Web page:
Comparison of two harvesting systems for the production of forest biomass from the thinning of Picea abies plantations
Abstract:This study compares two principally different harvesting systems used for the thinning of Norway spruce [Picea abies (L.) Karst.] plantations in the Alps. The first system was whole-tree harvesting (WTH), producing only whole-tree chips for energy purposes. This system minimizes the production costs by simplifying the harvesting process. The other system was cut-to-length (CTL) mechanical harvesting with an excavator-based harvester. This system maximizes value recovery by producing both short sawlogs and quality fuel chips. Trials were conducted on two similar sites in the Dolomites, in northern Italy, and demonstrated that the CTL system resulted in slightly higher harvesting costs, and also higher revenue. The price differences between the different products determine which system offers the best economic results. If the delivered price of sawlogs does not exceed €25 t-1, WTH and CTL harvesting offer very similar economic performances, and become profitable only if the delivered price of raw chip wood exceeds €40 t-1. If the delivered price of sawlogs increases to €50 t-1, the mechanized CTL system always becomes preferable, and it will turn some profits when the price of raw biomass exceeds €35 t-1. The CTL system is less sensitive to long extraction and transport distances than the WTH system.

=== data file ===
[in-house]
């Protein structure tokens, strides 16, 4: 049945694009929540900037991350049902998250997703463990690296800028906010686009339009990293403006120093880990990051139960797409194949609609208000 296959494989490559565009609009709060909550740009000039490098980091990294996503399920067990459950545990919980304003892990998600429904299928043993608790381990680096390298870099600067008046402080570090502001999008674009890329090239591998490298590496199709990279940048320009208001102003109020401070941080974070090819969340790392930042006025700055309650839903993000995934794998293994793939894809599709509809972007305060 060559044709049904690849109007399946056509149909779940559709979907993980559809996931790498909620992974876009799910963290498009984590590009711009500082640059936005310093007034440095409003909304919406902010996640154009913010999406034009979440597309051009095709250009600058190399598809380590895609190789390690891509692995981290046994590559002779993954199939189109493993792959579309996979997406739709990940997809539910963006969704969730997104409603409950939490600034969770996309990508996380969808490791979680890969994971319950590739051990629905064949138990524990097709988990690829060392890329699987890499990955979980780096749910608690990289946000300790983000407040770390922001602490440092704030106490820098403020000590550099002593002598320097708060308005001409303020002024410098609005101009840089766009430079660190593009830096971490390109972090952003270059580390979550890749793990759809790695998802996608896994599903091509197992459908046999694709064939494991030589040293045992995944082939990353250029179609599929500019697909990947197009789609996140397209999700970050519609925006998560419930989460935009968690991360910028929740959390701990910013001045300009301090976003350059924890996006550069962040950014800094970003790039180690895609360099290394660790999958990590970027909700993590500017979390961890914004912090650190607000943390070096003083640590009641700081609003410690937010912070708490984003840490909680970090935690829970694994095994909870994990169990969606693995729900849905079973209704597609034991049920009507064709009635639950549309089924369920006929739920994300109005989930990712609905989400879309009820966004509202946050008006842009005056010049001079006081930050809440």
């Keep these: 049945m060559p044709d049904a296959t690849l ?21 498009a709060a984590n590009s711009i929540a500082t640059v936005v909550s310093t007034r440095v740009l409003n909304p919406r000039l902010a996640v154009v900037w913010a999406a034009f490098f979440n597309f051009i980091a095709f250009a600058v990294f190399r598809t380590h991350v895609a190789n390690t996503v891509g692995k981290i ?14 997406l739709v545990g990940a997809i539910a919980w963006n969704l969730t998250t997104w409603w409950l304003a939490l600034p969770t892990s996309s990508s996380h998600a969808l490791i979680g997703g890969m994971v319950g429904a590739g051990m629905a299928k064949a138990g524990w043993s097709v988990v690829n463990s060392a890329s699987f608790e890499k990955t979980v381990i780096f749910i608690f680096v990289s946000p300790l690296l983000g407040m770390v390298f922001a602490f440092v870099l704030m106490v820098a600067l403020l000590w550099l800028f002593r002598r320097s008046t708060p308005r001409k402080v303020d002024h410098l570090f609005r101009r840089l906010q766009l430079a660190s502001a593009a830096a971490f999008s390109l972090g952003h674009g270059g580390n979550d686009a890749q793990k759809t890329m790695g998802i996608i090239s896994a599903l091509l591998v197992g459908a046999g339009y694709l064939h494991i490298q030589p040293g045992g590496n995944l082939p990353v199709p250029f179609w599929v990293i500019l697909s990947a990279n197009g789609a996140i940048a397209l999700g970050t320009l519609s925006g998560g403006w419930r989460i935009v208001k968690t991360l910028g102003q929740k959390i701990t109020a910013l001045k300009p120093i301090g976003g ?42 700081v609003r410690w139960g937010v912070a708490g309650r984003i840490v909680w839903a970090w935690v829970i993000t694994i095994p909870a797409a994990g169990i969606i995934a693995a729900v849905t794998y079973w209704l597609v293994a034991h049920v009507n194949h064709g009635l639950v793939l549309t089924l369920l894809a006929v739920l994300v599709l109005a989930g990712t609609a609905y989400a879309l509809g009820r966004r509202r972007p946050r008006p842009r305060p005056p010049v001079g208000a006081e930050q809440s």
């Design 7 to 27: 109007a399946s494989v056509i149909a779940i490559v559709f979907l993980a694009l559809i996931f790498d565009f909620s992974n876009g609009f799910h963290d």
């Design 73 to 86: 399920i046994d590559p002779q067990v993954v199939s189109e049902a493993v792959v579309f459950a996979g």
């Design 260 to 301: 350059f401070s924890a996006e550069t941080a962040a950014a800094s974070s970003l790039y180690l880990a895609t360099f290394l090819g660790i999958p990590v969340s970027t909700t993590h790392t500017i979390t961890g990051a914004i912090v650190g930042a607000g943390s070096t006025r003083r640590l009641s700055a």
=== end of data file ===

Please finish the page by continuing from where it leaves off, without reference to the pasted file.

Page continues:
Document Type: Research Article
Publication date: 2010-02-01